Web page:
Oceanographers from St Petersburg University have obtained detailed three-dimensional structures of the mesoscale oceanic eddies in the Lofoten Basin (Nordic Seas) based on satellite data and in situ observations.The results enable scientists to highlight the significant role played by mesoscale eddies in the Arctic climate. The study is published in the Journal of Geophysical Research: Oceans.

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Oceanic eddies play a key role in ocean dynamics. Due to their ability to trap water and transport large amounts of heat and salt, eddies affect regional and global climatic processes. The main feature of the mesoscale dynamics in the Lofoten Basin is the generation of eddies from the eastern branch of the Norwegian Atlantic Slope Current and their westward propagation. These result in the eddy-induced heat and salt being transported to the central part of the basin.

The shedding of eddies from the main current also contributes to the gradual cooling of the Norwegian Atlantic Slope Current on its way to the Arctic Ocean. This, in turn, may have a significant impact on the climate of the region and, in the longer term, on the sea ice cover in the Barents Sea.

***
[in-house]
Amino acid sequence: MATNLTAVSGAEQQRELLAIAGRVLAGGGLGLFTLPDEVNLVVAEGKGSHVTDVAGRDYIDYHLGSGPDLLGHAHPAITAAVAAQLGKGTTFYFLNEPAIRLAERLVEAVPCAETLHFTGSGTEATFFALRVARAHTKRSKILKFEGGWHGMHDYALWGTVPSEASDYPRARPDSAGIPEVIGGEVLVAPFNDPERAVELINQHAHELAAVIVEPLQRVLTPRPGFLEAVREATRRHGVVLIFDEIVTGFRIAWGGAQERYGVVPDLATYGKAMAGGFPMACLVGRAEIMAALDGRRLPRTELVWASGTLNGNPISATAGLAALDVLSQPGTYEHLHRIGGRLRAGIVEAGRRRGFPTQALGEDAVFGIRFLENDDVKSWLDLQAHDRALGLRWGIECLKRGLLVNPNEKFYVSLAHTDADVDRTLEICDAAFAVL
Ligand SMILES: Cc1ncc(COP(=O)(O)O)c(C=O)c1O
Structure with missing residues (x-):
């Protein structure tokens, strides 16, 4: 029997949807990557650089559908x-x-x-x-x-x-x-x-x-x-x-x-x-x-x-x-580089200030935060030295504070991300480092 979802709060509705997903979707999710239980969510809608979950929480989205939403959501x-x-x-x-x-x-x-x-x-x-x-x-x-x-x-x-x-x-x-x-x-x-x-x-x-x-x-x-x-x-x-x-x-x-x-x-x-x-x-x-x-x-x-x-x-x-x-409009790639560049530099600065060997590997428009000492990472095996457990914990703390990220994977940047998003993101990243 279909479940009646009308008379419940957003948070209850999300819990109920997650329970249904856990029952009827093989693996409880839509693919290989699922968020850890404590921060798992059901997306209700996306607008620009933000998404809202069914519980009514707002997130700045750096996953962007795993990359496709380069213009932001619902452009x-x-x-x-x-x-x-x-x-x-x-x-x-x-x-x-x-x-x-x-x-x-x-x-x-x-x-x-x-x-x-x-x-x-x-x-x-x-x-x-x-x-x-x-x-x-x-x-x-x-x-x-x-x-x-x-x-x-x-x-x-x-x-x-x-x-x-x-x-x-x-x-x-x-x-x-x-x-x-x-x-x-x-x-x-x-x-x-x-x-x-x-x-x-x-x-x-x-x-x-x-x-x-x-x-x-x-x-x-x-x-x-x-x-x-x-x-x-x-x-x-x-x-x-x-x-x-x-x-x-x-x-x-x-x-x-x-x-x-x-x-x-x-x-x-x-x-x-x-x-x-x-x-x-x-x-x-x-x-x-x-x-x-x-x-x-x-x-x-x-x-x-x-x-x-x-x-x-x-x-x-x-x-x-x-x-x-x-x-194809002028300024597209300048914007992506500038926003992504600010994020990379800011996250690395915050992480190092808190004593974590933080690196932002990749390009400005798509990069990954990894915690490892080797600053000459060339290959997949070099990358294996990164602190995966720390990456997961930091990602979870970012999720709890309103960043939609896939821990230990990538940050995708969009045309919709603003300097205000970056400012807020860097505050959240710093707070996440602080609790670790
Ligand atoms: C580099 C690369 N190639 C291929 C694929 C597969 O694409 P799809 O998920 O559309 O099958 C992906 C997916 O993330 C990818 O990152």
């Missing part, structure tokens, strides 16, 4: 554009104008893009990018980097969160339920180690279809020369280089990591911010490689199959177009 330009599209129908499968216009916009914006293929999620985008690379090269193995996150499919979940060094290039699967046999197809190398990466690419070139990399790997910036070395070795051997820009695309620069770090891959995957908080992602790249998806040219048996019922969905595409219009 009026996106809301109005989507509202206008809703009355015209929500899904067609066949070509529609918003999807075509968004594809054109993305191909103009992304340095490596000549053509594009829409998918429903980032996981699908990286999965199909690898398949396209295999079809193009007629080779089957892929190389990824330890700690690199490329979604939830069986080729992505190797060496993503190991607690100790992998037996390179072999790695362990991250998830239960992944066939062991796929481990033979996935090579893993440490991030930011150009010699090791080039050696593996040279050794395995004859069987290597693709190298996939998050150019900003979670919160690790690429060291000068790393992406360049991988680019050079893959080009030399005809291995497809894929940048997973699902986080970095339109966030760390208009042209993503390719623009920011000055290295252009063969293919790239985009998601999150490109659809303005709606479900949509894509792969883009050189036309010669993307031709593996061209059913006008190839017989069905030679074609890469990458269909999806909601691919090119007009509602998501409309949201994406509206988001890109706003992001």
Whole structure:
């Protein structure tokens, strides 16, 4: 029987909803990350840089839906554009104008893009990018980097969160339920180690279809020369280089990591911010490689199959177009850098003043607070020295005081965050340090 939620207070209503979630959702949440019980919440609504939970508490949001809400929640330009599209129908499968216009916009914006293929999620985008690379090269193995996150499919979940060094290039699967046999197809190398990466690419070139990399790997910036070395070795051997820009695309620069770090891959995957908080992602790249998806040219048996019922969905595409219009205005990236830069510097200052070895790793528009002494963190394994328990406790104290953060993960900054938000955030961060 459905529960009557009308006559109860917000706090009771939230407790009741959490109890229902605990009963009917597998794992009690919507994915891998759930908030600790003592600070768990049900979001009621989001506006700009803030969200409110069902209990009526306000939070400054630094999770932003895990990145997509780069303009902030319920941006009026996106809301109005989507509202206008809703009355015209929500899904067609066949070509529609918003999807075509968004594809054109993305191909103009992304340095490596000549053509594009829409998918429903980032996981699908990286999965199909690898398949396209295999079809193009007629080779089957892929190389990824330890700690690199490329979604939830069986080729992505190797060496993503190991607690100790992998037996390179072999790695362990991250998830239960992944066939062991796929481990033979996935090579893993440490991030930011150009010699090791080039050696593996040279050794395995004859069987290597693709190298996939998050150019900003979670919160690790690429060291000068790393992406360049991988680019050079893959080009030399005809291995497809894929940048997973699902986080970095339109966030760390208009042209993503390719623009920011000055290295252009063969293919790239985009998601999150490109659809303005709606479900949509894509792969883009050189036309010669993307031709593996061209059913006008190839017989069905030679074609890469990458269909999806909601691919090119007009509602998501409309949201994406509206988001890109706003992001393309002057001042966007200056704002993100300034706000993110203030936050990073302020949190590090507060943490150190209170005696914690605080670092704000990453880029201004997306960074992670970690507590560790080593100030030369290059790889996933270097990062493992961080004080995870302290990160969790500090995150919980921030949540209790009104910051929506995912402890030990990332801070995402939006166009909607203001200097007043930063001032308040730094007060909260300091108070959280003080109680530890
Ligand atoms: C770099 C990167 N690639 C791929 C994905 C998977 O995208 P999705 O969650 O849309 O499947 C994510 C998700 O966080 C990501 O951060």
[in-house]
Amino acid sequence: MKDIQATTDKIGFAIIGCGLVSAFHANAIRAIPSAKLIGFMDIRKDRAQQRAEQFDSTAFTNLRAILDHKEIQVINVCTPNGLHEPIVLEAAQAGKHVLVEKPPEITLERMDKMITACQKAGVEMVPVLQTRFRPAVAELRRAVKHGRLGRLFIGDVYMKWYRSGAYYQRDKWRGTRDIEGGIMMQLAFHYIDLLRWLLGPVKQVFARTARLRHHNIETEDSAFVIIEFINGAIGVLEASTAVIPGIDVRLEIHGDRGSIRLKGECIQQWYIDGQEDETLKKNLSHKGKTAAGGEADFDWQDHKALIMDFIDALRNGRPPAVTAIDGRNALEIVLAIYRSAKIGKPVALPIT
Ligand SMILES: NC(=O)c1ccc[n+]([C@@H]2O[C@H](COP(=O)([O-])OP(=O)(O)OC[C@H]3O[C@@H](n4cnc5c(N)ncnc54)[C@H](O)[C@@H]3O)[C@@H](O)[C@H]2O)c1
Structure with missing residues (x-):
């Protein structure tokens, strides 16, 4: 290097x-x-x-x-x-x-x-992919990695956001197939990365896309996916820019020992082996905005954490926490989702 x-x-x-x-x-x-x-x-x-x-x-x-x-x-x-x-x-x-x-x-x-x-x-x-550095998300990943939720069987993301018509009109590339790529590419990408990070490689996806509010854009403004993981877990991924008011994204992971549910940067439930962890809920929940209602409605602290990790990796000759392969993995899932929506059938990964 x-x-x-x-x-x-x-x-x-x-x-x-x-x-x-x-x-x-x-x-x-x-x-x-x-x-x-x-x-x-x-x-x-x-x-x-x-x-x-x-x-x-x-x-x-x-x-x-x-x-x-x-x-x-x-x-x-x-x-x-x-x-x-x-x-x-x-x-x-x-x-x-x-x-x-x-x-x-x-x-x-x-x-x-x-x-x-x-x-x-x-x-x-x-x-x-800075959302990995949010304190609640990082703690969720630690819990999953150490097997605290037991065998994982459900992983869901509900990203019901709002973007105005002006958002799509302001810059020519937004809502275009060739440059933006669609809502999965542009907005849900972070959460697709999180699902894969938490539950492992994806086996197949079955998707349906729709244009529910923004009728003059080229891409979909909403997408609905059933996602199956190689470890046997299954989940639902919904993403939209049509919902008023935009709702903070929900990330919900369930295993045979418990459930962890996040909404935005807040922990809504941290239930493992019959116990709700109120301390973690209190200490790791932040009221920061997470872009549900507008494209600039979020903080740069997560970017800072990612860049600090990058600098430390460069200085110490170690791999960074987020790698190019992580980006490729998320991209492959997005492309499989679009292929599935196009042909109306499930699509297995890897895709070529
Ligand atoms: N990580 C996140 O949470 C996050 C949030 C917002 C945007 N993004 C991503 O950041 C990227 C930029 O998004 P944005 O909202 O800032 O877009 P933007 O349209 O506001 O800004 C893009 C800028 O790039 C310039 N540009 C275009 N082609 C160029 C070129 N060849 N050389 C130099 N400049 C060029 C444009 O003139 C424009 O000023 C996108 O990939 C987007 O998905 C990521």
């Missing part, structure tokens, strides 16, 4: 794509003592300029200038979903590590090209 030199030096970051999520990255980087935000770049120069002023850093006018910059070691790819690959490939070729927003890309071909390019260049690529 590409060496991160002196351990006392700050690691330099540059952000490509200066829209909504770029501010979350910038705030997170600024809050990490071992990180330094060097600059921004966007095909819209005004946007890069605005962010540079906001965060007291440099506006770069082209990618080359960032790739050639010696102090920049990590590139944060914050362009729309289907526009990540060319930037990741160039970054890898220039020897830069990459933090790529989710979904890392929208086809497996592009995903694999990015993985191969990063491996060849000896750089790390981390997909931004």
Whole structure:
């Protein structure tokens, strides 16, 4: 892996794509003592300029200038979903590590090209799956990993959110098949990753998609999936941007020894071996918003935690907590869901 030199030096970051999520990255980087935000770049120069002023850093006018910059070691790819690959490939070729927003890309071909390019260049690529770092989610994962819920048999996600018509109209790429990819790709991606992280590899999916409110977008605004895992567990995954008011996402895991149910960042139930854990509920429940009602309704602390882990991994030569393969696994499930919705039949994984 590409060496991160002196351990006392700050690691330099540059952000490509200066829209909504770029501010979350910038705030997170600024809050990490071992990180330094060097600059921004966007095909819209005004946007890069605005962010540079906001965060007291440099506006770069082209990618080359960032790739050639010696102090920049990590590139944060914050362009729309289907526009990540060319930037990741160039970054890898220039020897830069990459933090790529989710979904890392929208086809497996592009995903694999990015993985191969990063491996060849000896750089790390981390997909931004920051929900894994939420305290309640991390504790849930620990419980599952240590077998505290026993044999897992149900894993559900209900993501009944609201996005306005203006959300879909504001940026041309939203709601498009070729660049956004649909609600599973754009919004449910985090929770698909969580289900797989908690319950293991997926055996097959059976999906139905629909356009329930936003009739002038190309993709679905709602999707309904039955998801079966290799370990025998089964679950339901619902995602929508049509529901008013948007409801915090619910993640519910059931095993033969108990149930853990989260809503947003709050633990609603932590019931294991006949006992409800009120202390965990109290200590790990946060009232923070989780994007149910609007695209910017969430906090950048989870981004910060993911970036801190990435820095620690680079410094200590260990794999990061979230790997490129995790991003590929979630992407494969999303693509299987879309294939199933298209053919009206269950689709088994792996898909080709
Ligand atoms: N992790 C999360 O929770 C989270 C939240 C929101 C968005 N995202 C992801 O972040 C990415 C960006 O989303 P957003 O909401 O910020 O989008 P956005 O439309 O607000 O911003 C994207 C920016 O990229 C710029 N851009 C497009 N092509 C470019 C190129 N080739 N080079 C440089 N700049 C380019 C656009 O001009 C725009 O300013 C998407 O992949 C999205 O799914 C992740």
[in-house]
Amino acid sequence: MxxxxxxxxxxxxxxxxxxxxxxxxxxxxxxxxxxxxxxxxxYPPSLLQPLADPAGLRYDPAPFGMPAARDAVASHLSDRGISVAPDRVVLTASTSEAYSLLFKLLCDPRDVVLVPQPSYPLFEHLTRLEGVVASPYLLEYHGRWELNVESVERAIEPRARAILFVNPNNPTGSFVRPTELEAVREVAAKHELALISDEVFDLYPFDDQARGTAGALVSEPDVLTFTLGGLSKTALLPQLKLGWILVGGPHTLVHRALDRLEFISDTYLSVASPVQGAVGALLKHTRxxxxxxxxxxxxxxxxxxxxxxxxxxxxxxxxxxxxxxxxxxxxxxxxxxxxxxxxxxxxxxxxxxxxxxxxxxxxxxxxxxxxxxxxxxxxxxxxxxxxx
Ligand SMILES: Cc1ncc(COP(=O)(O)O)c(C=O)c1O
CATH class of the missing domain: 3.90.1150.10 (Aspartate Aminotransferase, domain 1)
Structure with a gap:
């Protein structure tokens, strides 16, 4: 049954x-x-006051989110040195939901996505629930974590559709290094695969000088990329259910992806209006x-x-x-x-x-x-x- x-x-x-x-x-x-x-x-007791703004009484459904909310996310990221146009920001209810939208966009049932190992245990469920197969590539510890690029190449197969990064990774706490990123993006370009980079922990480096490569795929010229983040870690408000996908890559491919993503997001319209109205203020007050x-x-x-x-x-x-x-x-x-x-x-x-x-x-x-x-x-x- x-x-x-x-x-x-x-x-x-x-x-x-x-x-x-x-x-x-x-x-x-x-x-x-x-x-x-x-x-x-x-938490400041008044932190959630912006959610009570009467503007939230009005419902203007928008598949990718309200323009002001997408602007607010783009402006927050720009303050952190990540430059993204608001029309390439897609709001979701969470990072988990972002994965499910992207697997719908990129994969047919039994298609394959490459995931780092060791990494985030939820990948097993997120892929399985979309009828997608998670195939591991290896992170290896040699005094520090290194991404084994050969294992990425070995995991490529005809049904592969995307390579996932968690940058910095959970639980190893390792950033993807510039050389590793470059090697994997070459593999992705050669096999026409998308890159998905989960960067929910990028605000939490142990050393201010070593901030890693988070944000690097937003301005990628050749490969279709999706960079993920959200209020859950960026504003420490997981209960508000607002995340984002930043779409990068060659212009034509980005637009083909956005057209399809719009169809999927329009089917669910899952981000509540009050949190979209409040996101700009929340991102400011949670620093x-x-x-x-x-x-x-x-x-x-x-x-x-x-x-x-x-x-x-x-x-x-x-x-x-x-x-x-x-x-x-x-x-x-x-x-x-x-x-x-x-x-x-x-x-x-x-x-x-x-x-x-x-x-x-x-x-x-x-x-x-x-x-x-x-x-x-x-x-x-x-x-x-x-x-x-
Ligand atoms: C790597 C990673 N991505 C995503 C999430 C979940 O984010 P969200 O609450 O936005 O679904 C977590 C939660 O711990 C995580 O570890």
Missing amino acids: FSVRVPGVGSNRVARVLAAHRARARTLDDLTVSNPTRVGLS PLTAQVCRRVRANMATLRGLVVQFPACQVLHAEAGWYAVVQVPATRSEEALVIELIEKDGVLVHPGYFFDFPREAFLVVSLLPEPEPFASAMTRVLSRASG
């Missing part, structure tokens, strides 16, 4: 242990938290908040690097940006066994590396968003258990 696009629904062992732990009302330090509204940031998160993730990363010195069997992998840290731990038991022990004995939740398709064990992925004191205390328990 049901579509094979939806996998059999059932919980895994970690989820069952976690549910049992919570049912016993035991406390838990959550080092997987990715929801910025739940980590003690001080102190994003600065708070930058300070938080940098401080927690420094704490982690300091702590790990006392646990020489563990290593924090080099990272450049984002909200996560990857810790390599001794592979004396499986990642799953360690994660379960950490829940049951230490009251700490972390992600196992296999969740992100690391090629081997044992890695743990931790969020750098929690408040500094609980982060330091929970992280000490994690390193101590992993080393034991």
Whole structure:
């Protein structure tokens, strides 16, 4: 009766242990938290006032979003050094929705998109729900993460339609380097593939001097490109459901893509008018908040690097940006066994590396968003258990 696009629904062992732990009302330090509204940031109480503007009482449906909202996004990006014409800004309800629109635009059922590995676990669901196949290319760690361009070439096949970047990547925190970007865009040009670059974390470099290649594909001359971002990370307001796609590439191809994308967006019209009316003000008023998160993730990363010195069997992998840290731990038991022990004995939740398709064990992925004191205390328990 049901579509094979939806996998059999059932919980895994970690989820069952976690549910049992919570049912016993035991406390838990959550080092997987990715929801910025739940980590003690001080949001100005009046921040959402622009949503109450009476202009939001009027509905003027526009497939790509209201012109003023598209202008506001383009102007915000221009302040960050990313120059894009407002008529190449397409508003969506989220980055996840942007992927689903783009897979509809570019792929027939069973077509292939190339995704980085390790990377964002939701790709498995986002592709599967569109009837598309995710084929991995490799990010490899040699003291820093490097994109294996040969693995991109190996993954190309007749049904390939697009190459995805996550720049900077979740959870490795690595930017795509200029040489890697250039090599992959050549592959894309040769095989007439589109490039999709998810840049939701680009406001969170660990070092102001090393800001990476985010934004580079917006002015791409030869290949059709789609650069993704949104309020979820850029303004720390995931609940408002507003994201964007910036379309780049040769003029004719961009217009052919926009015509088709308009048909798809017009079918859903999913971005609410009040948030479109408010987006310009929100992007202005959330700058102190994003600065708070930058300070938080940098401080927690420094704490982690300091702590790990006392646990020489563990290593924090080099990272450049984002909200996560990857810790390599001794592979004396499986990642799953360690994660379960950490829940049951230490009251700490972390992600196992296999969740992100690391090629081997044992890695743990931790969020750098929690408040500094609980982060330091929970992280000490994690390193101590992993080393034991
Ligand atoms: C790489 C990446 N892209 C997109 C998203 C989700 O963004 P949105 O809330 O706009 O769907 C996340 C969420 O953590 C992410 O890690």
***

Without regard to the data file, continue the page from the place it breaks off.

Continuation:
Tatyana Belonenko, project leader, Professor in the Department of Oceanology at St Petersburg University

‘Besides, mesoscale eddies provide rich feeding habitat for the local biota. Therefore, a detailed study of the mesoscale eddies in the Lofoten Basin is essential to our understanding of dynamic, climatic and biological processes in the region.’

Based on data from multiple sources – satellite altimetry, in situ data from research vessels, autonomous profiling floats, and gliders – St Petersburg University scientists together with colleagues from the University of Bergen (Norway) studied eddies in the Lofoten Basin. ‘We were able to obtain thermohaline structures of the composite cyclonic and anticyclonic eddies for the Lofoten Basin region. The composite eddy structure is a generalised image of the mesoscale eddies for the study region.’

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‘We also calculated the total heat and salt content transported by the mesoscale eddies for the whole Lofoten Basin region. The obtained data will be useful not only for climate researchers, but also for commercial fisheries,’ noted Nikita Sandalyuk, the lead author of the research paper, Assistant Lecturer in the Department of Oceanology at St Petersburg University.

He explained that mesoscale cyclonic eddies have a significant impact on the biogeochemical properties of water masses due to upwelling – a process in which deep waters rise toward the surface.

Such water masses have a high nutrient content. They are rich in nitrogen, phosphorus and silicon, which increases the biological productivity of the aquatic system. Upwelling is evident in the acquired 3D thermohaline structures of the eddies in the Lofoten Basin.

In the future, scientists plan to conduct a detailed study of the interaction between mesoscale eddies in the Lofoten Basin and their impact on the climate of the region. The research was supported by the Russian Science Foundation (project No 18-17-00027).